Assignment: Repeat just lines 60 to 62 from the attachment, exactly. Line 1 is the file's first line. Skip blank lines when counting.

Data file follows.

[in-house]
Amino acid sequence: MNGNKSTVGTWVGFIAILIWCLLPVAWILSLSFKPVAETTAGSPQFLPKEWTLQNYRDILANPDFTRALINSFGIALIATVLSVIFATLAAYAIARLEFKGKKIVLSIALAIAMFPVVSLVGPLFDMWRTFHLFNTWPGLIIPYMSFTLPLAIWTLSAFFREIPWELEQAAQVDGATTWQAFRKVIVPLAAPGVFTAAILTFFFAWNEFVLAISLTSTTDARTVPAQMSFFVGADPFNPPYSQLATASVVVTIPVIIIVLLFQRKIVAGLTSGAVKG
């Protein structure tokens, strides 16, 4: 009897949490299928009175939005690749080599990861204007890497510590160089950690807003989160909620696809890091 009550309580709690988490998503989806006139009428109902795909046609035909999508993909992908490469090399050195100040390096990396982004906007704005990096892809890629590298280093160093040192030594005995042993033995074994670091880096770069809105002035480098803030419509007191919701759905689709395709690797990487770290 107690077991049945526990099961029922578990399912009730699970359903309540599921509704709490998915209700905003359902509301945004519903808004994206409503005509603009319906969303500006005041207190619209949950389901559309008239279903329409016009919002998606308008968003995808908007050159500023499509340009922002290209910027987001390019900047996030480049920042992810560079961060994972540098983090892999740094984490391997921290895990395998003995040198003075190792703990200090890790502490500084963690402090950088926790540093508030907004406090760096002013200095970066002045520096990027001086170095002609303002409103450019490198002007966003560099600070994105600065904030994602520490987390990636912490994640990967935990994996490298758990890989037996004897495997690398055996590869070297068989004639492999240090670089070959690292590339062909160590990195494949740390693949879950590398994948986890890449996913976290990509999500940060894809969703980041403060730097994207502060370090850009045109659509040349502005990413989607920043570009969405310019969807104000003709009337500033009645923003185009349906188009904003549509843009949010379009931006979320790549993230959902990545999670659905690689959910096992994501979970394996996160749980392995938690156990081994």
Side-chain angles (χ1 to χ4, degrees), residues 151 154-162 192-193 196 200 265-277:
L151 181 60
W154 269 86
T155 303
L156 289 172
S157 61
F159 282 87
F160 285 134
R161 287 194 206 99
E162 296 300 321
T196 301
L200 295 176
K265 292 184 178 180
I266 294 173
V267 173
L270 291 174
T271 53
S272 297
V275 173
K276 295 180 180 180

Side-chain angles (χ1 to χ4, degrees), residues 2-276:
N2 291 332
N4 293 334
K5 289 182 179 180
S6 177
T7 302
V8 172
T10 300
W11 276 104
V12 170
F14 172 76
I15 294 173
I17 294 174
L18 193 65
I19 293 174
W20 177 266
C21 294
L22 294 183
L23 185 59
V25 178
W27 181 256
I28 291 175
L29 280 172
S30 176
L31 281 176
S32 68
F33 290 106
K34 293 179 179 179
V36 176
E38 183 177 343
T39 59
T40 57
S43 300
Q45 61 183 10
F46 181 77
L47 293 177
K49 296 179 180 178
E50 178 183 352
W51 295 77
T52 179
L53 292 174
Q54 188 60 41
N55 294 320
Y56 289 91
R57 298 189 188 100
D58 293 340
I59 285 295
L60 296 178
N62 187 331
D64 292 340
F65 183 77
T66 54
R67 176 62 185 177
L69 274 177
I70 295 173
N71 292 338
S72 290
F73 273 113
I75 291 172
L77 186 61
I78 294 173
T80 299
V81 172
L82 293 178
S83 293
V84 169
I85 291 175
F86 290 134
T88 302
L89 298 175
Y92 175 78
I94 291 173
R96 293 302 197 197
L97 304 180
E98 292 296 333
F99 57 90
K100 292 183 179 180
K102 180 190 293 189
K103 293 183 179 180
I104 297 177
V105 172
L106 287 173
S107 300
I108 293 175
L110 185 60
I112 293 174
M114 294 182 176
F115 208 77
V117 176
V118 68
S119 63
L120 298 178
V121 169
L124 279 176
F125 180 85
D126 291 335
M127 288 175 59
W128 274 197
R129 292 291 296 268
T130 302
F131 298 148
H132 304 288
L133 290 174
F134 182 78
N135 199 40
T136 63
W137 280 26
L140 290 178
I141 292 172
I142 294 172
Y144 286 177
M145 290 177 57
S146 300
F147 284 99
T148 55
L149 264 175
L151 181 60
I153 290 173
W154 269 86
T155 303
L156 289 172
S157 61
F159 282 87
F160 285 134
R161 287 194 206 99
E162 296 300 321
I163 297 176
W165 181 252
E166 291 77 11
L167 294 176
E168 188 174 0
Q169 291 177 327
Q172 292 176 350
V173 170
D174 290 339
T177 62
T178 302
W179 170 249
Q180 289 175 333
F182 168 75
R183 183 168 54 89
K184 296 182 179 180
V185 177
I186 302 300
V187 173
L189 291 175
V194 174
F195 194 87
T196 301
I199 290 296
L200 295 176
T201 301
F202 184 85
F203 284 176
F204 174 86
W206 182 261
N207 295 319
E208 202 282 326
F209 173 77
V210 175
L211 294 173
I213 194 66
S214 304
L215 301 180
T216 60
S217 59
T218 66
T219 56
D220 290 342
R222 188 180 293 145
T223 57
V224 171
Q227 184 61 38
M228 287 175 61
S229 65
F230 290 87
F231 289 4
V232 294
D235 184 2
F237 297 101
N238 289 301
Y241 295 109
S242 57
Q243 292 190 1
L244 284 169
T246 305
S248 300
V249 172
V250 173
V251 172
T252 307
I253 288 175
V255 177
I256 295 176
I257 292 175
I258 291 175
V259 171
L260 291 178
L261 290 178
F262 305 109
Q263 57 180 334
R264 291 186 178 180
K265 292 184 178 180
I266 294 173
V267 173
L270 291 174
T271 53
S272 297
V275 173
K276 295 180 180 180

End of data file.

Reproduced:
K49 296 179 180 178
E50 178 183 352
W51 295 77